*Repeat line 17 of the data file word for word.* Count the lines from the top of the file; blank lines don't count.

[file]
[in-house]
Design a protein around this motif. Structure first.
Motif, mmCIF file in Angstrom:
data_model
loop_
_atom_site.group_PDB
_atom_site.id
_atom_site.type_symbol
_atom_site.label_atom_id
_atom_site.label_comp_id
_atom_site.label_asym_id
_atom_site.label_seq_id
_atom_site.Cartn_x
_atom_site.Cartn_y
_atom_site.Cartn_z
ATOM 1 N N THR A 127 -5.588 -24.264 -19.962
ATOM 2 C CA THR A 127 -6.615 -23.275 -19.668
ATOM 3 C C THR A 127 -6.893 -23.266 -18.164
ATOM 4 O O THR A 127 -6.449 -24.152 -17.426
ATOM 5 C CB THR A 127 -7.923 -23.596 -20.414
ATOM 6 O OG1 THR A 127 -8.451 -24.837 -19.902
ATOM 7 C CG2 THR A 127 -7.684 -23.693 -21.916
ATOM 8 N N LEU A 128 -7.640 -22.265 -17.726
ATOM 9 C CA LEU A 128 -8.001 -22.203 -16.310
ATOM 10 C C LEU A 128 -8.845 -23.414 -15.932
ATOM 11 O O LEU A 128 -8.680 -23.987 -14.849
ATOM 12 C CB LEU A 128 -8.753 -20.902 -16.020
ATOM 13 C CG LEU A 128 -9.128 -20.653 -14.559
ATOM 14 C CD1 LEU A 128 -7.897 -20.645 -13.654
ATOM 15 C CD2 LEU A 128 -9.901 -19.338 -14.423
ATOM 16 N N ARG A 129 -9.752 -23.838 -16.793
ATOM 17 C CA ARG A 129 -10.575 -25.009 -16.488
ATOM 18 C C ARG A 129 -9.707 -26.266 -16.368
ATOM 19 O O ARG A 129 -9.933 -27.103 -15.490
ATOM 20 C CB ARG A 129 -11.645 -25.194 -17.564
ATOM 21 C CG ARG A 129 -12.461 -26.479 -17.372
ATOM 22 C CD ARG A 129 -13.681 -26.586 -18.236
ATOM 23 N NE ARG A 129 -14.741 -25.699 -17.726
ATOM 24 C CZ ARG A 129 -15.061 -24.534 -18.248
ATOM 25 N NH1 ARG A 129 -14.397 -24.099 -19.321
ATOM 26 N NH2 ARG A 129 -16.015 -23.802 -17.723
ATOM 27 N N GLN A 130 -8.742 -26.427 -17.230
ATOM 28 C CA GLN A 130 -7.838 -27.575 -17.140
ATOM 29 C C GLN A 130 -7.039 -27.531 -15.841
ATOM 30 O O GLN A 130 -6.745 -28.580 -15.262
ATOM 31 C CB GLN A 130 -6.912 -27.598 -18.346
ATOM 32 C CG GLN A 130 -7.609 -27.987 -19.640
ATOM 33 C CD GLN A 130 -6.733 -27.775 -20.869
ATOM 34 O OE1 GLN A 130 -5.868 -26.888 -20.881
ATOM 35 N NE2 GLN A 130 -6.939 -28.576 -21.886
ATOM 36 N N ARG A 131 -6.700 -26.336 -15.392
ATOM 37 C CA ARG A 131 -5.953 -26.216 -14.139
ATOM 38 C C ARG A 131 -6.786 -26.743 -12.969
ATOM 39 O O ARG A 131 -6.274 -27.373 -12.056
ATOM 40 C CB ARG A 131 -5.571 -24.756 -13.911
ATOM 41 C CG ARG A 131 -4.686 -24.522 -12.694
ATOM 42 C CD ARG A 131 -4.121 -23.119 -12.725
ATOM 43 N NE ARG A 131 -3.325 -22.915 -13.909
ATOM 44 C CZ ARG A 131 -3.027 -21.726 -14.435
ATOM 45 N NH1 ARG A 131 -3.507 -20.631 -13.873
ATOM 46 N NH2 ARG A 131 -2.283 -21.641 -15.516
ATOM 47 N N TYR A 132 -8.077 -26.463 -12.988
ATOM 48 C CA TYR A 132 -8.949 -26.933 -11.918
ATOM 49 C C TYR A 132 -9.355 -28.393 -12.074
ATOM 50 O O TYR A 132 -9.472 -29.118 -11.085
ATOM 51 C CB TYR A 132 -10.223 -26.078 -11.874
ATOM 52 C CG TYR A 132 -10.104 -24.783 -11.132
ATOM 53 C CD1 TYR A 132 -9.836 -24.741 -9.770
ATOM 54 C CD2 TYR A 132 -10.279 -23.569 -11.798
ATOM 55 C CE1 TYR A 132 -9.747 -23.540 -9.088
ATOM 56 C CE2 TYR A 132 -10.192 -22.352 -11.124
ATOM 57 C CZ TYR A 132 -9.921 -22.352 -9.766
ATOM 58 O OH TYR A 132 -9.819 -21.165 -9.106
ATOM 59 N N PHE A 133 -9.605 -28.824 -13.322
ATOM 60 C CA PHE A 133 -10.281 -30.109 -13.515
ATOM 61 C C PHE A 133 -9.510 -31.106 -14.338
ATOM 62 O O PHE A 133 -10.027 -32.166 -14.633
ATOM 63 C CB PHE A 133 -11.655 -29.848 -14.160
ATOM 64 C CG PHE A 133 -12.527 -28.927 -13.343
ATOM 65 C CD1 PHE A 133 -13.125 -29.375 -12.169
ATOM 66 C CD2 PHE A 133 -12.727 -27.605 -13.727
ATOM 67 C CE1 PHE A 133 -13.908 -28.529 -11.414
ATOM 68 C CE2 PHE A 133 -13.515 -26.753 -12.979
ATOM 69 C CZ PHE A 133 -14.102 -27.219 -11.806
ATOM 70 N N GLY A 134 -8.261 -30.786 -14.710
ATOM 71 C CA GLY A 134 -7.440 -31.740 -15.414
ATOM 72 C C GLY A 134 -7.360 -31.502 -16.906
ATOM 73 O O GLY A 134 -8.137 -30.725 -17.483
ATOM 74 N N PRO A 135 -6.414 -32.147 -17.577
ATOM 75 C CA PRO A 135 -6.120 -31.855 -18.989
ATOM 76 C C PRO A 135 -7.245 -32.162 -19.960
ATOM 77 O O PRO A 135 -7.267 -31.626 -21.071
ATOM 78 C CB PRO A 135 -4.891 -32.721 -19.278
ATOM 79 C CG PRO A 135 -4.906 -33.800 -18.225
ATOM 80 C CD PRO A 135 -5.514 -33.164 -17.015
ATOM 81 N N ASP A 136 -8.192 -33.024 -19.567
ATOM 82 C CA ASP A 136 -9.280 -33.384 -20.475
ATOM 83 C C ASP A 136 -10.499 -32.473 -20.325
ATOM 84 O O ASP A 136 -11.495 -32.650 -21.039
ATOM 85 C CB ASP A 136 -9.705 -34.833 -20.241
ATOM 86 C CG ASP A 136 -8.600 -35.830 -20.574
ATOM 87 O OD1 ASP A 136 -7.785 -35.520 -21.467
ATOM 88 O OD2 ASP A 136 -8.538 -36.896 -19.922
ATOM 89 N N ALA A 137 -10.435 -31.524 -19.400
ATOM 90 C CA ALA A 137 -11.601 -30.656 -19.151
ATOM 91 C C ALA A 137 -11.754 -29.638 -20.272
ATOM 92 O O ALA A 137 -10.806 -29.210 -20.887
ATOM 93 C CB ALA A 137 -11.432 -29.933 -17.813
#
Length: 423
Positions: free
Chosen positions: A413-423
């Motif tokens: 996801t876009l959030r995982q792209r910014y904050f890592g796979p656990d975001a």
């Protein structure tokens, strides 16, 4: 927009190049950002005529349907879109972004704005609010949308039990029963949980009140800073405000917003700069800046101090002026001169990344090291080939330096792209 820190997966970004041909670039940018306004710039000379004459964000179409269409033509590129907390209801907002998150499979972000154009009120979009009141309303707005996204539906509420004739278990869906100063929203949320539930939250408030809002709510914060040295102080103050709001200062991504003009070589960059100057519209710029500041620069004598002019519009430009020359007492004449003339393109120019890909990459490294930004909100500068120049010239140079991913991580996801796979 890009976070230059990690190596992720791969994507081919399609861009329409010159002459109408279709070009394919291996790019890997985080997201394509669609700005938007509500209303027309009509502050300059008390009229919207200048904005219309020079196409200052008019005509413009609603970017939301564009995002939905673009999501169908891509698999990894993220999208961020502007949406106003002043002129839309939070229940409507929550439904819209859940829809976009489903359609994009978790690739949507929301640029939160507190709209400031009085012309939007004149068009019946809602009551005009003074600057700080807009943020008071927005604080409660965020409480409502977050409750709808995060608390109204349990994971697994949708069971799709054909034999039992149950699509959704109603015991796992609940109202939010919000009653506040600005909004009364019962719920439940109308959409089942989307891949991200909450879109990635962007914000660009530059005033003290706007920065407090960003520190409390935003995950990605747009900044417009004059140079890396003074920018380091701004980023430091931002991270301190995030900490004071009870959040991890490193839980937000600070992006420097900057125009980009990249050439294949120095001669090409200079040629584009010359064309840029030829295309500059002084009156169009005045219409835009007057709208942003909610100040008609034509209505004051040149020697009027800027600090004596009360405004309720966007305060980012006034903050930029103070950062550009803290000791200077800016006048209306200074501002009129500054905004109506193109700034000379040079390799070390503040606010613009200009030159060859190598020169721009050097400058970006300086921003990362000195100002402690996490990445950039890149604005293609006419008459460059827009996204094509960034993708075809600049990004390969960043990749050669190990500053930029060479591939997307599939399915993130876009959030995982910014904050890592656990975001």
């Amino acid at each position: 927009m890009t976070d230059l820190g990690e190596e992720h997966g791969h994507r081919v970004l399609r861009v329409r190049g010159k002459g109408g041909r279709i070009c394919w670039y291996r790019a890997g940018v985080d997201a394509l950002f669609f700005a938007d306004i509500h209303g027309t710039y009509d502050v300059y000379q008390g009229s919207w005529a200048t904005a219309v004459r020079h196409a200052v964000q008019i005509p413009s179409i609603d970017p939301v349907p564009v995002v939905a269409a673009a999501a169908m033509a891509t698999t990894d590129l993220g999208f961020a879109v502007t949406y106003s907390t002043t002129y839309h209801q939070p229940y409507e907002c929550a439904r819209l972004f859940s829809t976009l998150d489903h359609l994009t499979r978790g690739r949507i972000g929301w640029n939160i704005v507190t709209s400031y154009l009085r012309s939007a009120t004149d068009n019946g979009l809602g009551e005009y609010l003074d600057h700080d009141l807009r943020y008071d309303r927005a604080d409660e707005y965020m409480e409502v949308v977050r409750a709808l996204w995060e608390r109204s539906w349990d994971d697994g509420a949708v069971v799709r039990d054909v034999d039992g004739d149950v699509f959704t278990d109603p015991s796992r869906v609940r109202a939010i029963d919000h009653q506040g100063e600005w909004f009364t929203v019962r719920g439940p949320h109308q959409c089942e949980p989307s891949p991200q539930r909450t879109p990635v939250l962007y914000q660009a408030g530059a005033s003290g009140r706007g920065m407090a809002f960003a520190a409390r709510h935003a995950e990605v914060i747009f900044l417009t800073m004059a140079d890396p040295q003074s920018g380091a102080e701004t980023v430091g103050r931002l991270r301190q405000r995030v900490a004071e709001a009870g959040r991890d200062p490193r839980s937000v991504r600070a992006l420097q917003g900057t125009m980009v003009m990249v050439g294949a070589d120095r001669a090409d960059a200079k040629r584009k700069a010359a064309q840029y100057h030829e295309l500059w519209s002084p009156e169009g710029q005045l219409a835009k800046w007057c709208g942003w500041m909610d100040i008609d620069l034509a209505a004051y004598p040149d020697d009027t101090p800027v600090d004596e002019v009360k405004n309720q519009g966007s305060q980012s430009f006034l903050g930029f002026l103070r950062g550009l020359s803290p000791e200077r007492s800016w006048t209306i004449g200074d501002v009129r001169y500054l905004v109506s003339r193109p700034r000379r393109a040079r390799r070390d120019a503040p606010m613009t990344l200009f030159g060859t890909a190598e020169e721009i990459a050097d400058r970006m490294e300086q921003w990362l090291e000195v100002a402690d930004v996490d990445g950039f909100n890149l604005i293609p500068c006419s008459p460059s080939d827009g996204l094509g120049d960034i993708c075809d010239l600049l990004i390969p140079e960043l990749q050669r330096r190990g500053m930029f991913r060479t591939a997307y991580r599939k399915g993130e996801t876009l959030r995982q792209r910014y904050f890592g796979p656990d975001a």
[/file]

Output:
ATOM 2 C CA THR A 127 -6.615 -23.275 -19.668